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McGraw-Hill to Split Into Two Companies

McGraw-Hill Cos., challenged by Barry Rosenstein of Jana Partners LLC to change its strategy, said it will split into two separate companies focused on global markets and education.

The transaction is expected to be completed by the end of 2012 through a tax-free spinoff of the education unit to shareholders, the New York-based company said today in a statement. McGraw-Hill Markets will include Standard & Poor’s and J.D. Power and Associates and be led by Chief Executive Officer Terry McGraw.

McGraw began a strategic review earlier this year of the company’s businesses. Revenue from the education unit fell the past three quarters, and McGraw said in July that its broadcast group lacked scale and had limited growth prospects. Jana Partners, a New York-based hedge fund, said on August 1 that it met with company management to discuss corporate structure and future plans.

As part of the split, McGraw-Hill will seek to cut more than $1 billion of corporate expenses and administrative and technology costs. The company is also searching for a CEO for McGraw-Hill Education, which expects to have revenue of about $2.4 billion this year.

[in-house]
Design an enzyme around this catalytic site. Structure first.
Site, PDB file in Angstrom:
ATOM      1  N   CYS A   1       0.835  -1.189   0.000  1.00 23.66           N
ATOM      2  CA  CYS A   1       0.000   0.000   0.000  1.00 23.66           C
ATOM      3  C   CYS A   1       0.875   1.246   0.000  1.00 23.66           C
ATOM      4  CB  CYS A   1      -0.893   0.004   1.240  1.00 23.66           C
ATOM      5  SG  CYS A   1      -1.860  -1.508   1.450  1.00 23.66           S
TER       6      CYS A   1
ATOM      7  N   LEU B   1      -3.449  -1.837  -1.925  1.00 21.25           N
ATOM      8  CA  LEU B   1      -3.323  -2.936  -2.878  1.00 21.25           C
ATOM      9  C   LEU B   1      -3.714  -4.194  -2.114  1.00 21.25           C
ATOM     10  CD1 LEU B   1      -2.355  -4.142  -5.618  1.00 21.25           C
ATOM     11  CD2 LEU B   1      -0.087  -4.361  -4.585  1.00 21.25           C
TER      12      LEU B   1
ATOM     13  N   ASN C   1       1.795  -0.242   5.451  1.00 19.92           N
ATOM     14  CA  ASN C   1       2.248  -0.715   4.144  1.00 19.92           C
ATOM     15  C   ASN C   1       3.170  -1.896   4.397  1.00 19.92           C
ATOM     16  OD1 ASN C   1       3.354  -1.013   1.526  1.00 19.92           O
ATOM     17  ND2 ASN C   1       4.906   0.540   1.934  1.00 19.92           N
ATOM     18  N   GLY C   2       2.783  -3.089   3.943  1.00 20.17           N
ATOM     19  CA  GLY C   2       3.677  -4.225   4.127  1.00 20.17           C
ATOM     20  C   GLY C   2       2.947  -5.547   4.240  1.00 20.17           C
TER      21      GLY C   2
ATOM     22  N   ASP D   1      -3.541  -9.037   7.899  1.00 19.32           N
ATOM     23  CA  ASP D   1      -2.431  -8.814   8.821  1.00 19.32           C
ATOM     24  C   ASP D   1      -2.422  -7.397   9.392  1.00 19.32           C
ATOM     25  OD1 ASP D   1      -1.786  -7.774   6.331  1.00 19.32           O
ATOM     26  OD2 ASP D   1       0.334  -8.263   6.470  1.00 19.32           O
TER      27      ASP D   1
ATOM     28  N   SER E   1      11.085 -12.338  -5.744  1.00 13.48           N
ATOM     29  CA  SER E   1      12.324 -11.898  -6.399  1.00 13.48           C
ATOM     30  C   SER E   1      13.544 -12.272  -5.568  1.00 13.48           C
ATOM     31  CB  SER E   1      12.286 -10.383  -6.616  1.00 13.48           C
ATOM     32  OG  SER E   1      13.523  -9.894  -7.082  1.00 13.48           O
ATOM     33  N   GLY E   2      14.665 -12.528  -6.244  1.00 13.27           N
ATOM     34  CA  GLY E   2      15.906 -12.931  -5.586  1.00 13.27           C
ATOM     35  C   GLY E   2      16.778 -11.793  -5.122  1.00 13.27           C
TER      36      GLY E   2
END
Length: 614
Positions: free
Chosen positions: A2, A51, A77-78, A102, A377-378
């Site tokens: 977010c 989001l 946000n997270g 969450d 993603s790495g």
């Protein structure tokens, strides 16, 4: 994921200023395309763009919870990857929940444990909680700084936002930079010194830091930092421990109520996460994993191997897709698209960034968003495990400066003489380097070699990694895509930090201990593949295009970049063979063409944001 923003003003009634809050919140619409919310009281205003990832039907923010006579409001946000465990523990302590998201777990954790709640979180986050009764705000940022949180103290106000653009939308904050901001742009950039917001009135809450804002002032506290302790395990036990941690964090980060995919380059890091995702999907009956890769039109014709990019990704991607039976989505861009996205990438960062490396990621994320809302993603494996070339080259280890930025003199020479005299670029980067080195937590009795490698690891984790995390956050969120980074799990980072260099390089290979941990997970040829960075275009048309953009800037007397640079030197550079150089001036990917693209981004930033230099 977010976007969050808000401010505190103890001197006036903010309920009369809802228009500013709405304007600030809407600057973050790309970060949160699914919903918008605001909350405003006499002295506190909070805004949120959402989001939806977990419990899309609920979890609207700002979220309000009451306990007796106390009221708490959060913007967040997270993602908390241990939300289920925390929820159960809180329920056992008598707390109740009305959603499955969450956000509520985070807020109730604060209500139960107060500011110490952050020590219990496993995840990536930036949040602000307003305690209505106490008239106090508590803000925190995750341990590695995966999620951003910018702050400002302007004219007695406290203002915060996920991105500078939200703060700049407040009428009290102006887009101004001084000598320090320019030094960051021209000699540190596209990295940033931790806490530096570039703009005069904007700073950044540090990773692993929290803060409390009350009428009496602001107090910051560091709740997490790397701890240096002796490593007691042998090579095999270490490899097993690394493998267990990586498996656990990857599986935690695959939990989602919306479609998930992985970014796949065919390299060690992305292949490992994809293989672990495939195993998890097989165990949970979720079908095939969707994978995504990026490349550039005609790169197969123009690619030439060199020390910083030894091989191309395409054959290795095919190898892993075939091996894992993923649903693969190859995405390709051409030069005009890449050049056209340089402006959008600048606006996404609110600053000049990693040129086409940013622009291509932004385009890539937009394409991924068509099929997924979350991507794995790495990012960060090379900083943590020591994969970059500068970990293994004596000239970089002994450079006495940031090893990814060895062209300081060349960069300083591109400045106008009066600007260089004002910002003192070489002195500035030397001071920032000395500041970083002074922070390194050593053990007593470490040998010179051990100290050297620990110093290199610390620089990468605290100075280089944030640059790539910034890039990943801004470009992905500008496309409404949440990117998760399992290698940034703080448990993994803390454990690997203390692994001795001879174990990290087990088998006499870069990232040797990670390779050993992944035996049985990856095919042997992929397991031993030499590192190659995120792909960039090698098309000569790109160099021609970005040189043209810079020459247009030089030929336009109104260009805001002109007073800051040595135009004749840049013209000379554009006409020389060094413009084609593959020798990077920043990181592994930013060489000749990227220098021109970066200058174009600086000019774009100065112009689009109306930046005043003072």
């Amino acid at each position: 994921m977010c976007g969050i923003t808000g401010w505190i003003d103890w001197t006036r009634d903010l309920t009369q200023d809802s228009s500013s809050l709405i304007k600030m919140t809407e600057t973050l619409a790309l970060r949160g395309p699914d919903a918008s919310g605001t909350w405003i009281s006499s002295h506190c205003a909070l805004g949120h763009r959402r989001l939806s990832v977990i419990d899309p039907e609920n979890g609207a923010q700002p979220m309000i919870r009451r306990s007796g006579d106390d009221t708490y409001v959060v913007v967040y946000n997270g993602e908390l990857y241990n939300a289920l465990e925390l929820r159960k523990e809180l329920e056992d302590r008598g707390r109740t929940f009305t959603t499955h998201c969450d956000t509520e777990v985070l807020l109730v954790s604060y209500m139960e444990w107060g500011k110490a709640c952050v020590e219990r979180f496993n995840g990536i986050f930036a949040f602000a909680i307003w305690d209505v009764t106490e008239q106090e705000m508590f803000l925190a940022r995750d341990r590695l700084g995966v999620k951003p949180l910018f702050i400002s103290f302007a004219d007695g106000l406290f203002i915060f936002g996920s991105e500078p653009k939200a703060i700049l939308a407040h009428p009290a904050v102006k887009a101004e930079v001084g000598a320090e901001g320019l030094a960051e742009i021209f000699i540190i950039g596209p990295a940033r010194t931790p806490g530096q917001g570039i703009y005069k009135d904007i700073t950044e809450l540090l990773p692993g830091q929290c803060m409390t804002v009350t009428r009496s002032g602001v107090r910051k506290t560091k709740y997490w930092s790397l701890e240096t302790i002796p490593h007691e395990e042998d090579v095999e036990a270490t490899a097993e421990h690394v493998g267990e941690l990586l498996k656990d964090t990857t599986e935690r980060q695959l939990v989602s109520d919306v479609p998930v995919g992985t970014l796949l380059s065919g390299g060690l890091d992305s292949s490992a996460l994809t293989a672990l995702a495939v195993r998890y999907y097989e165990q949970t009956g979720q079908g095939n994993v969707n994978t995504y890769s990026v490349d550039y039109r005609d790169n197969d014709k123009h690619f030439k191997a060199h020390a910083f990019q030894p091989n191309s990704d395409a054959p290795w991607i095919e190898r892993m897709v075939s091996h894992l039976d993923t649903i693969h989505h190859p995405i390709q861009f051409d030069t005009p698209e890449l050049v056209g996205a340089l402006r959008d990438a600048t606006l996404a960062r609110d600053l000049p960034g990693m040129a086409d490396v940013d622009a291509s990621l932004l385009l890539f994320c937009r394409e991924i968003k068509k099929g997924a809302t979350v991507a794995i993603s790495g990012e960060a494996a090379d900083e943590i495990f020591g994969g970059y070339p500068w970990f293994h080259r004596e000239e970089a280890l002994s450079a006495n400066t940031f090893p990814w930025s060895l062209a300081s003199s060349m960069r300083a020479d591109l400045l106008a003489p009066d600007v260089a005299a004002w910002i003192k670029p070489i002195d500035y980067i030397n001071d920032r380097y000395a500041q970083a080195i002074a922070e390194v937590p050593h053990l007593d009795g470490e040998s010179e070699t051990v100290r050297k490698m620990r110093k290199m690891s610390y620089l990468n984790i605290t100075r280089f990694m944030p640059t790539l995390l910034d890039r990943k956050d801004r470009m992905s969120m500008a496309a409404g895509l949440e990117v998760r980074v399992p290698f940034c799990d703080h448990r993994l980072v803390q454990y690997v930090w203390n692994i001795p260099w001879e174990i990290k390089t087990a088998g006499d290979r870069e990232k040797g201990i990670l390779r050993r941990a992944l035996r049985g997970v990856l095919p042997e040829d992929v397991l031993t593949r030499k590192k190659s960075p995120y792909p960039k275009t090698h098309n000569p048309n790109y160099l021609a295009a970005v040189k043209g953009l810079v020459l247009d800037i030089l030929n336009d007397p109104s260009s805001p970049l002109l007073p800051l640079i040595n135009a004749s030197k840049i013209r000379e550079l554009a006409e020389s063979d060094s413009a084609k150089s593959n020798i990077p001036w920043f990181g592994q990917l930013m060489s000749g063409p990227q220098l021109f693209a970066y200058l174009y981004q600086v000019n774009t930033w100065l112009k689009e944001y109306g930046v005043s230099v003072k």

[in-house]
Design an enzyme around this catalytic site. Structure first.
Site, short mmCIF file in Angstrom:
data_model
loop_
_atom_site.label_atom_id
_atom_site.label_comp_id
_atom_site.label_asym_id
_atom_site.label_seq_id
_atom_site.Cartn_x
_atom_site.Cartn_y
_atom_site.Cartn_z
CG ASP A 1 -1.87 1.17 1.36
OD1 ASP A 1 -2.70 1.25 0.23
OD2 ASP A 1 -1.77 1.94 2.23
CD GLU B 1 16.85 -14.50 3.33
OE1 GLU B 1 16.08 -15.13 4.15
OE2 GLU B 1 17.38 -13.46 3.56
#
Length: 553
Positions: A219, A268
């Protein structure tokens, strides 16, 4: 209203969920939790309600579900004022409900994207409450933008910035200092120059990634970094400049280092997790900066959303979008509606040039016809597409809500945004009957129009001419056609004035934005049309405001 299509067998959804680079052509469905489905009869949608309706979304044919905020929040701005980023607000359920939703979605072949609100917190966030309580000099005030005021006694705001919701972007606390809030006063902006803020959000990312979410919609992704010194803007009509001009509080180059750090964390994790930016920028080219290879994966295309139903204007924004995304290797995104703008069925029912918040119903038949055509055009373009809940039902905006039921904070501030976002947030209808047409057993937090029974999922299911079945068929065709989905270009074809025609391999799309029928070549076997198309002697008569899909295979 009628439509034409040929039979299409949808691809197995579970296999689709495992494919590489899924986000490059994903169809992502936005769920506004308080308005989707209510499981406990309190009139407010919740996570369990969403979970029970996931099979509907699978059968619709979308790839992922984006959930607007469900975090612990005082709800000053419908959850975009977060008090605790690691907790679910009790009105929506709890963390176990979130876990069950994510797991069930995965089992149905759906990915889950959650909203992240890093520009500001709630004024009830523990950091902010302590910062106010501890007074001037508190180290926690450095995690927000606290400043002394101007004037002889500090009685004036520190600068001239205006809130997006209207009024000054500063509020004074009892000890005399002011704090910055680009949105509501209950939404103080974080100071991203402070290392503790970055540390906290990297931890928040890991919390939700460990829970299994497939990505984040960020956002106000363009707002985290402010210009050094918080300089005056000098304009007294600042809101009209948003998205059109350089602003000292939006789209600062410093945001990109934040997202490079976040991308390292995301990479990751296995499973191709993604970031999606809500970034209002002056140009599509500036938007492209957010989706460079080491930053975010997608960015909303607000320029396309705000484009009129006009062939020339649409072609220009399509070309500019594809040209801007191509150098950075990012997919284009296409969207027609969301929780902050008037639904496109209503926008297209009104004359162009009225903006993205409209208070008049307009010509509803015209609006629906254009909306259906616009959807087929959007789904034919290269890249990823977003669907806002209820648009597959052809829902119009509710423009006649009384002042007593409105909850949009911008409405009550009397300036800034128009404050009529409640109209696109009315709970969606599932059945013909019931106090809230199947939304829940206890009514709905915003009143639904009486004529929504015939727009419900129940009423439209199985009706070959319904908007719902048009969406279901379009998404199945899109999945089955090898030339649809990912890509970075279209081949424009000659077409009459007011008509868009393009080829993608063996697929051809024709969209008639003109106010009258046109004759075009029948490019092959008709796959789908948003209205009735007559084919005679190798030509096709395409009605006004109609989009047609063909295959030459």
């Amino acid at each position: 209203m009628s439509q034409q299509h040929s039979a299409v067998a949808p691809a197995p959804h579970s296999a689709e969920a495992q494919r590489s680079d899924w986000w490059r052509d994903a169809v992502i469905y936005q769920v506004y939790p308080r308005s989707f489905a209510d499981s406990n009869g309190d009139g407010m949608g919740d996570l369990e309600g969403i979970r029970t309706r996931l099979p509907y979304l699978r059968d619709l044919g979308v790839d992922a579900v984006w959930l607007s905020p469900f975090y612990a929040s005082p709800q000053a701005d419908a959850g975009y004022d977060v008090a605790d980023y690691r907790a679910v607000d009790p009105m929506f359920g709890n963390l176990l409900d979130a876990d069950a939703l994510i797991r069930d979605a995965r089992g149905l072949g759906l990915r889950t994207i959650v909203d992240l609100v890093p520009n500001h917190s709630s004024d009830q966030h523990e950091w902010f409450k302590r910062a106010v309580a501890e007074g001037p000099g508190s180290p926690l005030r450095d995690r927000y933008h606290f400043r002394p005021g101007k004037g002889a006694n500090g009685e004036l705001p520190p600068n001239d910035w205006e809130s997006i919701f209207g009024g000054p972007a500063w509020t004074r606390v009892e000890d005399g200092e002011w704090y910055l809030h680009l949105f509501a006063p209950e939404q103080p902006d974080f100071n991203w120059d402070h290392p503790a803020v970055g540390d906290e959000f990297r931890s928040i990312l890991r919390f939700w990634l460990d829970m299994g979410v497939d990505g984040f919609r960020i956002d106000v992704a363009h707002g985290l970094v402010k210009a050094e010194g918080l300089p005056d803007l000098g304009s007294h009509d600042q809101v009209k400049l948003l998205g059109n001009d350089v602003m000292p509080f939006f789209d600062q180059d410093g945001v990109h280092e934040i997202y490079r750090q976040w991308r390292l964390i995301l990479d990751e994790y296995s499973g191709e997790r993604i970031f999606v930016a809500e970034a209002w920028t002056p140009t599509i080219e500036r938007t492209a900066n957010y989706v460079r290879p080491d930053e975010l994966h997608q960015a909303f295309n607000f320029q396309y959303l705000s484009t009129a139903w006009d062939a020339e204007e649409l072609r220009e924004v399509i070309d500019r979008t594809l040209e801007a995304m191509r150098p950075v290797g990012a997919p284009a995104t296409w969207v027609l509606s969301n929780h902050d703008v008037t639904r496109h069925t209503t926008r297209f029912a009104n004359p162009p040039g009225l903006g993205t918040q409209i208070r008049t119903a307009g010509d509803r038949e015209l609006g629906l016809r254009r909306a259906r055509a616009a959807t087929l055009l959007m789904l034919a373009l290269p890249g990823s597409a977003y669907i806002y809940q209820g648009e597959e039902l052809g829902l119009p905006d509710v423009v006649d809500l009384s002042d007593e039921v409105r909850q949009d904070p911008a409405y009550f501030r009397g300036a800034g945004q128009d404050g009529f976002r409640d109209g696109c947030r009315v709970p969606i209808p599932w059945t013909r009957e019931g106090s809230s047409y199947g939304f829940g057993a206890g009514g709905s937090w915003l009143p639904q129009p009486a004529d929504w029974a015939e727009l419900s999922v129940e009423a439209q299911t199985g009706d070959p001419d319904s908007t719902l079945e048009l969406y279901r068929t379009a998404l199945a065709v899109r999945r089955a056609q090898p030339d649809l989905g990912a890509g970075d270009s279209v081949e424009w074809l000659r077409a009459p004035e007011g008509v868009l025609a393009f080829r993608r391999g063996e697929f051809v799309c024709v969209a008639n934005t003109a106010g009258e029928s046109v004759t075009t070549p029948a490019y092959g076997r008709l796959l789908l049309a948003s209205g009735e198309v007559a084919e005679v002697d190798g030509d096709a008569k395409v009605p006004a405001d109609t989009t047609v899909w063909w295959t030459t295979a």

$4 Billion Revenue

McGraw-Hill Markets will also include Platts, a provider of information and indices in energy, petrochemicals and metals. The new company anticipates 2011 revenue of about $4 billion. McGraw-Hill also said it will accelerate the pace of a share buyback to $1 billion for the year, with $540.6 million repurchased year-to-date.

McGraw-Hill, founded in 1888 by McGraw’s great-grandfather, James H. McGraw, earned about 87 percent of its $358.8 million in operating income in the second quarter from S&P and its financial-information unit. The company has been publishing college textbooks since 1927, and it formed the TV unit in 1972. In 2009, McGraw-Hill agreed to sell BusinessWeek magazine to Bloomberg LP, the parent of Bloomberg News.

Jana Partners, which manages about $3 billion, holds a 5.2 percent stake in McGraw-Hill, together with the Ontario Teachers’ Pension Plan, according to a regulatory filing.

Goldman Sachs Group Inc. and Evercore Partners Inc. advised McGraw-Hill.

Source: Bloomberg